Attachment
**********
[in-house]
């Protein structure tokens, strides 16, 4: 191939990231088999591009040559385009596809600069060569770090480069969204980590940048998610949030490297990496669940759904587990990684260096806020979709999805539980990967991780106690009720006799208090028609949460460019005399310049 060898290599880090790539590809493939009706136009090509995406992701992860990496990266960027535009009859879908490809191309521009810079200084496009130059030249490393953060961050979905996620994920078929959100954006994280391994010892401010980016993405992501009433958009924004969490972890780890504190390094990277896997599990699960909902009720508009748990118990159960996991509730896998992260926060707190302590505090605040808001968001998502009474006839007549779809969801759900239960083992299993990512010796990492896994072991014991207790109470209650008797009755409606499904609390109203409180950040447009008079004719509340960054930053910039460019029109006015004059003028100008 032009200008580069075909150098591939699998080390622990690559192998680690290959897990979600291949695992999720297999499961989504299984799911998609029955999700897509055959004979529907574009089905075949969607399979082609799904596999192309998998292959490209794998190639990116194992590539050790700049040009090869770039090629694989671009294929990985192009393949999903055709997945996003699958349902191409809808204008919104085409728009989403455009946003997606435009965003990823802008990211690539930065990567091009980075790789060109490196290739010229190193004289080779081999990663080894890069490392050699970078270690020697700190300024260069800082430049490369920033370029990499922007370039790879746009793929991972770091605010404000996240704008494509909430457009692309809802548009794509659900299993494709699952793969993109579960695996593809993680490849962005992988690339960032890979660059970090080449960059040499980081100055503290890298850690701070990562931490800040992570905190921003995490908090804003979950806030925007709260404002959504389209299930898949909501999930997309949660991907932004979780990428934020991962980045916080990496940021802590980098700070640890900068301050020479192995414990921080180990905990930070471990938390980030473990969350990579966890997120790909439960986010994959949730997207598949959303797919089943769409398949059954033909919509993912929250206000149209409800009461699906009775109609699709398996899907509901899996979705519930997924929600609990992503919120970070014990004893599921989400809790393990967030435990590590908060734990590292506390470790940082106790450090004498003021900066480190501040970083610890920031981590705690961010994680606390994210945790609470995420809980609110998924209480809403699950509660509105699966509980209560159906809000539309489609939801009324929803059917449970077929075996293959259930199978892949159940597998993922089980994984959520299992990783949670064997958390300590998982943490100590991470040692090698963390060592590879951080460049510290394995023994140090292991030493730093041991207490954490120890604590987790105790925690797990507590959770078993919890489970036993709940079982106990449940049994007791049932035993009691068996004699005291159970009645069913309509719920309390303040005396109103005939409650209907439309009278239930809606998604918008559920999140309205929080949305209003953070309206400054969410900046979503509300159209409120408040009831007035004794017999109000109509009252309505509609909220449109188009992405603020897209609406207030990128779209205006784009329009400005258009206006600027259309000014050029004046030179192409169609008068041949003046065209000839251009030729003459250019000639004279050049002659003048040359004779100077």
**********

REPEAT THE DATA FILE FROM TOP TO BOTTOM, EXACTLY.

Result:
[in-house]
């Protein structure tokens, strides 16, 4: 191939990231088999591009040559385009596809600069060569770090480069969204980590940048998610949030490297990496669940759904587990990684260096806020979709999805539980990967991780106690009720006799208090028609949460460019005399310049 060898290599880090790539590809493939009706136009090509995406992701992860990496990266960027535009009859879908490809191309521009810079200084496009130059030249490393953060961050979905996620994920078929959100954006994280391994010892401010980016993405992501009433958009924004969490972890780890504190390094990277896997599990699960909902009720508009748990118990159960996991509730896998992260926060707190302590505090605040808001968001998502009474006839007549779809969801759900239960083992299993990512010796990492896994072991014991207790109470209650008797009755409606499904609390109203409180950040447009008079004719509340960054930053910039460019029109006015004059003028100008 032009200008580069075909150098591939699998080390622990690559192998680690290959897990979600291949695992999720297999499961989504299984799911998609029955999700897509055959004979529907574009089905075949969607399979082609799904596999192309998998292959490209794998190639990116194992590539050790700049040009090869770039090629694989671009294929990985192009393949999903055709997945996003699958349902191409809808204008919104085409728009989403455009946003997606435009965003990823802008990211690539930065990567091009980075790789060109490196290739010229190193004289080779081999990663080894890069490392050699970078270690020697700190300024260069800082430049490369920033370029990499922007370039790879746009793929991972770091605010404000996240704008494509909430457009692309809802548009794509659900299993494709699952793969993109579960695996593809993680490849962005992988690339960032890979660059970090080449960059040499980081100055503290890298850690701070990562931490800040992570905190921003995490908090804003979950806030925007709260404002959504389209299930898949909501999930997309949660991907932004979780990428934020991962980045916080990496940021802590980098700070640890900068301050020479192995414990921080180990905990930070471990938390980030473990969350990579966890997120790909439960986010994959949730997207598949959303797919089943769409398949059954033909919509993912929250206000149209409800009461699906009775109609699709398996899907509901899996979705519930997924929600609990992503919120970070014990004893599921989400809790393990967030435990590590908060734990590292506390470790940082106790450090004498003021900066480190501040970083610890920031981590705690961010994680606390994210945790609470995420809980609110998924209480809403699950509660509105699966509980209560159906809000539309489609939801009324929803059917449970077929075996293959259930199978892949159940597998993922089980994984959520299992990783949670064997958390300590998982943490100590991470040692090698963390060592590879951080460049510290394995023994140090292991030493730093041991207490954490120890604590987790105790925690797990507590959770078993919890489970036993709940079982106990449940049994007791049932035993009691068996004699005291159970009645069913309509719920309390303040005396109103005939409650209907439309009278239930809606998604918008559920999140309205929080949305209003953070309206400054969410900046979503509300159209409120408040009831007035004794017999109000109509009252309505509609909220449109188009992405603020897209609406207030990128779209205006784009329009400005258009206006600027259309000014050029004046030179192409169609008068041949003046065209000839251009030729003459250019000639004279050049002659003048040359004779100077």